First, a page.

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Yes, Tariffs Make Stuff More Expensive, But Sometimes It’s Worth It


President Trump’s tariff policies have exercised conservatives to no end over the last few years. They’ve expressed two primary viewpoints.

On the one hand, zealous pro-tariff advocates have embraced the insupportable position that tariffs are economically beneficial. On the other hand, free trade advocates have repeatedly pointed out the well-established fact that tariffs are economically harmful, thus concluding they should be eschewed. Trump’s threat to impose a 5 percent tariff on Mexico unless that country takes steps to prevent illegal immigration has recently poured new fire on the debate.

Both sides of the argument, however, share a common flaw: They have almost universally assumed that whether tariffs should be imposed is an economic question. It is not. It is a political one.

Economic growth or efficiency is a good end that government should promote. But it is one end among many. A more nuanced approach to the question is required—one that takes all of the relevant factors into consideration.

An Epiphany

Several months ago, a column in The Public Discourse took a hammer to this “economics only” view of tariffs. James E. Hartley’s article, “Just Tariff Theory,” began by acknowledging that tariffs are economically harmful. Economists are as unanimous on this question as they ever get, and for good reason.

Free trade only takes place when both parties to the trade benefit—that is why they decide to trade. Restricting free trade, therefore, by definition makes both parties worse off. There are qualifications—when the traders are children or mentally handicapped, for example, or when the goods involved are morally charged—but those are not at issue here. Tariffs are harmful because they are taxes that burden free trade.

Tariffs hurt foreign sellers because they must sell fewer goods at a higher price or cut into their profits to pay the new tax (in practice it will be some of both). American buyers are harmed because they must buy fewer goods at that new higher price. American sellers benefit because they can sell at a higher price, but they only benefit at the expense of American buyers, so the benefit even for Americans is at best a wash.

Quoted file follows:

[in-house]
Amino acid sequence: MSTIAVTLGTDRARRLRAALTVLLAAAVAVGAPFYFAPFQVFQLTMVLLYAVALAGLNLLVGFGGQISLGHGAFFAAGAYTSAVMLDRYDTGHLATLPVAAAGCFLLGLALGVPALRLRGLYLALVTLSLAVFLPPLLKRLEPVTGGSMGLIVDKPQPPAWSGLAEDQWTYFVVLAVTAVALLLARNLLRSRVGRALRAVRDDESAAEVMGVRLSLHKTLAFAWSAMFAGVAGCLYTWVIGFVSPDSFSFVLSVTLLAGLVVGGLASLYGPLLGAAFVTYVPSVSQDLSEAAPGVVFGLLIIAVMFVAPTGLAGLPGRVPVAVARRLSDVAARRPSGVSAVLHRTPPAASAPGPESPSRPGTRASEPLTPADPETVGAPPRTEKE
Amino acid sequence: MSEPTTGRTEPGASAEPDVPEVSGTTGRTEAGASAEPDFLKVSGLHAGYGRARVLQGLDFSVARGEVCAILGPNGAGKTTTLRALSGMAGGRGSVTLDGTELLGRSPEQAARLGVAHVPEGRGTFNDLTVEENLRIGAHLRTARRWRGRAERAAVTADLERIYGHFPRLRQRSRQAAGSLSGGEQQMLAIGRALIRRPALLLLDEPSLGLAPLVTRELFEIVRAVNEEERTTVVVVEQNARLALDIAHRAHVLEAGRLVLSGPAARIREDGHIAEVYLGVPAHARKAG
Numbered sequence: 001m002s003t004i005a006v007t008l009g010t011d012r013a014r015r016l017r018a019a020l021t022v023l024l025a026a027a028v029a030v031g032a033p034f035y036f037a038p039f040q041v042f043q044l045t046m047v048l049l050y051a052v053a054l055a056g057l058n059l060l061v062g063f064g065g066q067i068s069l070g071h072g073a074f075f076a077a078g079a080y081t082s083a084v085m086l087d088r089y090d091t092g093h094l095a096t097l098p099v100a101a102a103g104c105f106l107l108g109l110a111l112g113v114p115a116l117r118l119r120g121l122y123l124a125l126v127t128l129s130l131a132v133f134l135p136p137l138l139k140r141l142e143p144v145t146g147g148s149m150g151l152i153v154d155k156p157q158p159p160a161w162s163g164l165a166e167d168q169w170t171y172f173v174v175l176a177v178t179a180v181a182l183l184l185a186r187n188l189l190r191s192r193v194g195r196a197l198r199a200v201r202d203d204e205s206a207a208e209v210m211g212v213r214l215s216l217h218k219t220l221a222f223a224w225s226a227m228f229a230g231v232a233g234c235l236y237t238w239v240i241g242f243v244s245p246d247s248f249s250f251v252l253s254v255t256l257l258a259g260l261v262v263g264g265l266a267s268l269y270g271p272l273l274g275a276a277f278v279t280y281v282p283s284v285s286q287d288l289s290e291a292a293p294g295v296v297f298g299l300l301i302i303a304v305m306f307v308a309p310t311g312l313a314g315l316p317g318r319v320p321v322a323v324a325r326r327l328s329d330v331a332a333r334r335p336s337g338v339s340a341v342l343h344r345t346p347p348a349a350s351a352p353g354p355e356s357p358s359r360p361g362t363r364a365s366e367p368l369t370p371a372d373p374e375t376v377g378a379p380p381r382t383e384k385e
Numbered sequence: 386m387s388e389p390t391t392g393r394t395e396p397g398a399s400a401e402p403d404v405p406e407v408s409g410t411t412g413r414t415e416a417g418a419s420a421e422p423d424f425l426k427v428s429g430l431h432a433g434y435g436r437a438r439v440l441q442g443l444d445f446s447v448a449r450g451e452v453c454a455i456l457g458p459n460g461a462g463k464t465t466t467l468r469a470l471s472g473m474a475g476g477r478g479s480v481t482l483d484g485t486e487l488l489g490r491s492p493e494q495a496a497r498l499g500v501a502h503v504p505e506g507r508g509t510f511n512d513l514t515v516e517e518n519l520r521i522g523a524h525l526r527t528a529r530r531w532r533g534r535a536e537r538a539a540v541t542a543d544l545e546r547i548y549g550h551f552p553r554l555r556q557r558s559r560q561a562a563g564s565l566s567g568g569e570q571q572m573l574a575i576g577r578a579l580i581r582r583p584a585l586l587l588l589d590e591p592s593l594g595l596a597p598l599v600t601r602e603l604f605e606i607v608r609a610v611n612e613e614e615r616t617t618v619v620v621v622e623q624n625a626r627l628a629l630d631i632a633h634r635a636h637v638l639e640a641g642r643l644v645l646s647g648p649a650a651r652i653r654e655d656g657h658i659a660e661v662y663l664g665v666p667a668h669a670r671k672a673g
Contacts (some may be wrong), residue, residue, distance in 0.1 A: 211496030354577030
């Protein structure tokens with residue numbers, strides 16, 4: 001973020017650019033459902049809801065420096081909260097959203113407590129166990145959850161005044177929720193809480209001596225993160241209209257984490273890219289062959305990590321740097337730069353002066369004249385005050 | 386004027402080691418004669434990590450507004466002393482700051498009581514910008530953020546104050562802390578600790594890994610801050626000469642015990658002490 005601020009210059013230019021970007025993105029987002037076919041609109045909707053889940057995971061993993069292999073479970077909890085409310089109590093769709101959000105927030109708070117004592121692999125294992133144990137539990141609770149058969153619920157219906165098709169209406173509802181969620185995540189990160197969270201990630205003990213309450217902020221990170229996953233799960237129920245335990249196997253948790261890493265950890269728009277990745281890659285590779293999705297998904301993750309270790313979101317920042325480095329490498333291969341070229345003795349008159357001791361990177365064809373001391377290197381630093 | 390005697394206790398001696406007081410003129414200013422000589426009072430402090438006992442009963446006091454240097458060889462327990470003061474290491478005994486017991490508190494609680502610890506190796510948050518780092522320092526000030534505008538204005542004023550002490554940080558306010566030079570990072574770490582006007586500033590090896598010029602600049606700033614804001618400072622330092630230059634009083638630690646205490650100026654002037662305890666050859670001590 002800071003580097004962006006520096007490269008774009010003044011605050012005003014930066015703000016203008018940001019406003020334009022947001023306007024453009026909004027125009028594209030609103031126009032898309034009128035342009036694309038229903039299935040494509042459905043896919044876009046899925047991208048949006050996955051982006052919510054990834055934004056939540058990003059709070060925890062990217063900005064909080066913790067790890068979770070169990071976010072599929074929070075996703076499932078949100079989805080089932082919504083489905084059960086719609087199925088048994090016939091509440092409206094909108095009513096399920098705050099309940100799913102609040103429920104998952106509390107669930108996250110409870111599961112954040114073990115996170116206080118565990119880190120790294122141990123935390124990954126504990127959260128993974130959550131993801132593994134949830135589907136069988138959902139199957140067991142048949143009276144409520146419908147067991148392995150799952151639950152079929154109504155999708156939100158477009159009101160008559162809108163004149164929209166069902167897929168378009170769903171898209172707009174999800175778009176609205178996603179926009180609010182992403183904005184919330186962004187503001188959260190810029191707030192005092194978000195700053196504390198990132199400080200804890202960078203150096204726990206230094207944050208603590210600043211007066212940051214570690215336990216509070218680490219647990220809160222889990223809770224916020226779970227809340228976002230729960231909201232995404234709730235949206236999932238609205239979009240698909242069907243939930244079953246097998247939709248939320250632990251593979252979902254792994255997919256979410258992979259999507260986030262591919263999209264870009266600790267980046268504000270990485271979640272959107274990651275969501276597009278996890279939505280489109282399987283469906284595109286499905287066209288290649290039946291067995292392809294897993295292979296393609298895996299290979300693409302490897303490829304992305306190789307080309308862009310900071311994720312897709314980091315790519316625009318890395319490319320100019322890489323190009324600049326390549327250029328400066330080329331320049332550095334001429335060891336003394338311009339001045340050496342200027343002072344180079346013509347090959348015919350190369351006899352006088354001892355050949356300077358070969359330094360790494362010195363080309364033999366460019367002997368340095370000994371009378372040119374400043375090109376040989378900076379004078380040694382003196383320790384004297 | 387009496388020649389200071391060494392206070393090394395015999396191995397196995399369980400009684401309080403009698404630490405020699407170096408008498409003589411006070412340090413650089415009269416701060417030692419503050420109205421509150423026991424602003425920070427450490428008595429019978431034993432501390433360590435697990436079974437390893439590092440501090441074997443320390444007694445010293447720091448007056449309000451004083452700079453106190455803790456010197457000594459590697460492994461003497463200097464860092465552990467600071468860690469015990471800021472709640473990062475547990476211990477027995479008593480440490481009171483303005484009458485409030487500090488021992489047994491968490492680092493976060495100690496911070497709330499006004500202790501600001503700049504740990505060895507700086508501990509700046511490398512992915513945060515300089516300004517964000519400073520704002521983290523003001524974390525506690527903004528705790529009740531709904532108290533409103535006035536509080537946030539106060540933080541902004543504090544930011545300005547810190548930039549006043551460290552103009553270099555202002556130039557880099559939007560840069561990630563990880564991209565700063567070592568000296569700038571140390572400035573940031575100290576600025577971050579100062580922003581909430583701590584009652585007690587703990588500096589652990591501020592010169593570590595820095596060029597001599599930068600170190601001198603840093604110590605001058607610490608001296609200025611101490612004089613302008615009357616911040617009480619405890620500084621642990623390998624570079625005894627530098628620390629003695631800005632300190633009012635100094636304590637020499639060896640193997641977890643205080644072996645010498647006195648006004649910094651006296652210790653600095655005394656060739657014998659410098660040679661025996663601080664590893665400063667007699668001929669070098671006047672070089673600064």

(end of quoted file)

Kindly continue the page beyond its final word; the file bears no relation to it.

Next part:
But Hartley describes an important “epiphany.” In the midst of a disgruntled reaction to the news of a new tariff to be imposed on Turkey, he was startled by the justification given for it. The purpose was not to obtain some mythical economic benefit, but to apply pressure for the release of an imprisoned American pastor.

The epiphany: Tariffs can serve non-economic purposes. As such, although economically harmful, they can sometimes be used to gain political advantages that outweigh their economic costs.

War is the classic instrument of foreign policy. It is economically harmful, but sometimes justified to achieve noneconomic goals. Like war, tariffs impose economic costs, but can also be useful—and less drastic—instruments to apply international pressure.

That pressure can be used to achieve worthwhile foreign policy goals—in this case, the liberation of an American citizen. They could also be a short-term strategy to achieve a longer-term strategy of lower trade barriers on both sides. Tariffs are economically bad, but it does not follow that tariffs are bad. Hartley goes on to sketch a basic theory for when tariffs may be an appropriate geopolitical tool.

Extending the Observation

Foreign policy is just a special case, however, of a more general principle: Tariffs can be justified when they do more good than harm. The economic impact of a tariff is a relevant consideration, but so are other, noneconomic goods.

What might such considerations look like? One of the most famous is the vital industry justification. If a given industry is particularly vital to a nation’s security, it may well be worth protecting it from international trade. During peace time the results will be suboptimal. But should war strike, the nation will have the capacity to defend itself.